Q&A: The Majority Leader Lays Out His Game Plan
Democrats haven't had much to cheer about since the 2000 election. But party spirits have risen dramatically since South Dakota Democrat Tom Daschle landed in the Senate Majority Leader's seat on June 5. A skilled tactician noted for his quiet intensity, Daschle has become a major headache for the Bush White House. In a July 10 interview with Washington Bureau Chief Lee Walczak and Congressional Correspondent Lorraine Woellert, the party's new point man laid out his agenda and promised to challenge the Administration on issues ranging from education to health care.
Q: These days, Democrats style themselves as the party of fiscal restraint. You talk of erasing the national debt, you worry that President Bush's tax cut will raise interest rates. So how come every time Bush sends you a bill, you complain that it's underfunded?
A: We were making the argument that it was really a choice between education, a prescription-drug benefit, and the tax cut. When the budget was drafted, we carved out special investments for these priorities. We did agree [with Senate Republicans] to $300 billion for prescription drugs. That wasn't as high as we wanted.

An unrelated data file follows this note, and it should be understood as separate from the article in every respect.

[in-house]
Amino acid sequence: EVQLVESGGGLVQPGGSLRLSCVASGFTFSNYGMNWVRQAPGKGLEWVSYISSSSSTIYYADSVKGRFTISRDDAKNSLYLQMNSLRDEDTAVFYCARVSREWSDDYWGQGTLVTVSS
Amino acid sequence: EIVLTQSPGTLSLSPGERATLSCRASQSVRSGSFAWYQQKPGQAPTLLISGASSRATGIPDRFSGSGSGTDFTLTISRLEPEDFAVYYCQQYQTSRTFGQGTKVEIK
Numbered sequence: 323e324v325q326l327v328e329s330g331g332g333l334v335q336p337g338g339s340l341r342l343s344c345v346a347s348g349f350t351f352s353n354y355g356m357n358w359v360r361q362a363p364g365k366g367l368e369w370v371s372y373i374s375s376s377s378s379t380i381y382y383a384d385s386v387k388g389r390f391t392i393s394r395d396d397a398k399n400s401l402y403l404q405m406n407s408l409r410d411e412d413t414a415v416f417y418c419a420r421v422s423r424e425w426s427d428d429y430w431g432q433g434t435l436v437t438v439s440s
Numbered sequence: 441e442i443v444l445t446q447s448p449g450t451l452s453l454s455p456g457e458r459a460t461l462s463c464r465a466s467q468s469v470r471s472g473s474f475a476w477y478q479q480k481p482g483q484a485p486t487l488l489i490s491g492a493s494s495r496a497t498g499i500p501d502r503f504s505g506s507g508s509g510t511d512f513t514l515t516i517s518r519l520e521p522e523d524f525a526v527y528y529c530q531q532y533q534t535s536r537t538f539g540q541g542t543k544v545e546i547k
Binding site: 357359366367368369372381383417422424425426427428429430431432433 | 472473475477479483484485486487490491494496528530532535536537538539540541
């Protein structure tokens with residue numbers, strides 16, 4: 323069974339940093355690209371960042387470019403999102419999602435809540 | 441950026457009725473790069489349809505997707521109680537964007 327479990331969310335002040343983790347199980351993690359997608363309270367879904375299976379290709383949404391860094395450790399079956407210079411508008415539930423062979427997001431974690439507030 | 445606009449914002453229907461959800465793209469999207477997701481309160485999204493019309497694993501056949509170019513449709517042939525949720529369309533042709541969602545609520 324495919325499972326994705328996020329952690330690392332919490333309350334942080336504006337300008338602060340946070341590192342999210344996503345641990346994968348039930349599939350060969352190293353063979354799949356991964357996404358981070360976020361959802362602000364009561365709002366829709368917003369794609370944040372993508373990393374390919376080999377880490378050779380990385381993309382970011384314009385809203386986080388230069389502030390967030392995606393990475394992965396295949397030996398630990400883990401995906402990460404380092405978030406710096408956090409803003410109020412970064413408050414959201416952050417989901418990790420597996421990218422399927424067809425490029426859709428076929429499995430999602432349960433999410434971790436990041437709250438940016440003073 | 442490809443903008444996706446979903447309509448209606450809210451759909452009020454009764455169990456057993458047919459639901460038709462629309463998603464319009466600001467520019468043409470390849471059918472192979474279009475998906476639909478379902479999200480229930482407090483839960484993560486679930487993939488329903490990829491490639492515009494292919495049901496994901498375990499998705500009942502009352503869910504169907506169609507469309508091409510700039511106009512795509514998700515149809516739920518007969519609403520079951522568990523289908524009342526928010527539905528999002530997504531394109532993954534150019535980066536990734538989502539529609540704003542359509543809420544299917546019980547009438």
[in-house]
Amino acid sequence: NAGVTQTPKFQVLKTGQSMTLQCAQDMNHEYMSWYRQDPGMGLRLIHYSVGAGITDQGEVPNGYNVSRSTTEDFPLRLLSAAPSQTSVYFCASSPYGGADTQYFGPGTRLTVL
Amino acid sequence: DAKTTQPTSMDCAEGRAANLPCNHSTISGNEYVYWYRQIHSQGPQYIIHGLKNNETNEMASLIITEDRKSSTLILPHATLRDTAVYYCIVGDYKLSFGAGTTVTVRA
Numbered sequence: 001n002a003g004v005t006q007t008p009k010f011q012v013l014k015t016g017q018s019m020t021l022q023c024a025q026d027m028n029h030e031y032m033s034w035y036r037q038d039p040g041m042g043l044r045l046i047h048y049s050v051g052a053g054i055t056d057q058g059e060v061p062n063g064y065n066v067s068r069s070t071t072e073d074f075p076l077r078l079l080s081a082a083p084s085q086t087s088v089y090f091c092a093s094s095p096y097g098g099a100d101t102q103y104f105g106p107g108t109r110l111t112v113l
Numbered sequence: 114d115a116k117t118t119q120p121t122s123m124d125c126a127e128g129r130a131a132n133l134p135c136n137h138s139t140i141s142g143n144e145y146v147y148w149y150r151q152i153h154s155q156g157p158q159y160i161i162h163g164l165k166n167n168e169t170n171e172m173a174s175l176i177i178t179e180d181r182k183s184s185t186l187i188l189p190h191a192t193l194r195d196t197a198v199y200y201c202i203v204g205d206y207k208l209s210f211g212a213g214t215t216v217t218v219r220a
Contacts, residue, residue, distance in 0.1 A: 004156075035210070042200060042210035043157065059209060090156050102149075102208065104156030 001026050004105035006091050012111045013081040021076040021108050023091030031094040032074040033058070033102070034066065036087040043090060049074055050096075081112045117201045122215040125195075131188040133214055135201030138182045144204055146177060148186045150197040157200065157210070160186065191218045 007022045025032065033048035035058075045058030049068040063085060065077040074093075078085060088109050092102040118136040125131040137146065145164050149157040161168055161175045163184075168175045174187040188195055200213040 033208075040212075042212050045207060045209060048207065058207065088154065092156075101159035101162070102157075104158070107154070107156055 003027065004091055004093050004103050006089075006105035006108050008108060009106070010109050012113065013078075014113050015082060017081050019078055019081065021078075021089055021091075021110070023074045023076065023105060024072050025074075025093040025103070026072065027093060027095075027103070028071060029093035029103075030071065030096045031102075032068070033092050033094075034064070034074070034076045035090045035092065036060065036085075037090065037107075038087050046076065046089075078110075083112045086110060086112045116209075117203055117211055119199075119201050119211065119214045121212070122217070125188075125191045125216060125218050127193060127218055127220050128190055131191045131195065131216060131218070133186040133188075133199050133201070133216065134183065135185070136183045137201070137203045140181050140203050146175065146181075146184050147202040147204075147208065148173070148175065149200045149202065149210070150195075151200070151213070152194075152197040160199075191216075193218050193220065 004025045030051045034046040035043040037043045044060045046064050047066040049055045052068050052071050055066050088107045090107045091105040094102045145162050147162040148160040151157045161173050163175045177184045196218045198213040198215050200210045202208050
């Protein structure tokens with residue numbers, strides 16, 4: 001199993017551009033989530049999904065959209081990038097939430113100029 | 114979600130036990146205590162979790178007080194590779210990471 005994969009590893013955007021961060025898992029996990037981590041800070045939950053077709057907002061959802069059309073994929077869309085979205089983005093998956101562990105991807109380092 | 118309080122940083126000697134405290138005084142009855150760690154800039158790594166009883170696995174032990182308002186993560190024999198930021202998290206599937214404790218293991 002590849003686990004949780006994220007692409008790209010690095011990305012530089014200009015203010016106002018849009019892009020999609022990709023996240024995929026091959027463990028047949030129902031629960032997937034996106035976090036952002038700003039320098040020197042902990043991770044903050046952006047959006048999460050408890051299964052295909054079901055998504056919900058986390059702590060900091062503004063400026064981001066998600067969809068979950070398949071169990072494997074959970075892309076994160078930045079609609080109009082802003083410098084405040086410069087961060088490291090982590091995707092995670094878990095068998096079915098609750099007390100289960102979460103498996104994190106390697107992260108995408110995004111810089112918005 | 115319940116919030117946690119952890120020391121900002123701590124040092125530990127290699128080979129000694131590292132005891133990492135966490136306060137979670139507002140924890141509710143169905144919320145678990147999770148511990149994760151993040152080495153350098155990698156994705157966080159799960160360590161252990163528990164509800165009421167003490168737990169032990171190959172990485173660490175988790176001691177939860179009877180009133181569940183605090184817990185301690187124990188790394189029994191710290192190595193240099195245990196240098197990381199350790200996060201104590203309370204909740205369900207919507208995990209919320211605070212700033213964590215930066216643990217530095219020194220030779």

Q: That's still triple the President's number.
A: But it's within the budget we passed. Our view is that we've got to pay down the debt. What we had recommended was to take the projected surplus and use a third for paying down the debt, a third for the tax cut, and a third for investments. Regardless of what framework you have for changing projections on the surplus, that formula still works. Now, the President has proposed that the tax cut take virtually all of the surplus. From where does our investment in these [social areas] come?
Q: The President wants to keep discretionary-spending growth at about 4%, but Democrats say that's not enough.
A: That's not accurate, actually. What they want is a far greater increase in defense spending than 4%. That number is correct for the defense nondiscretionary accounts, [but] he is arguing for a much more robust increase for defense.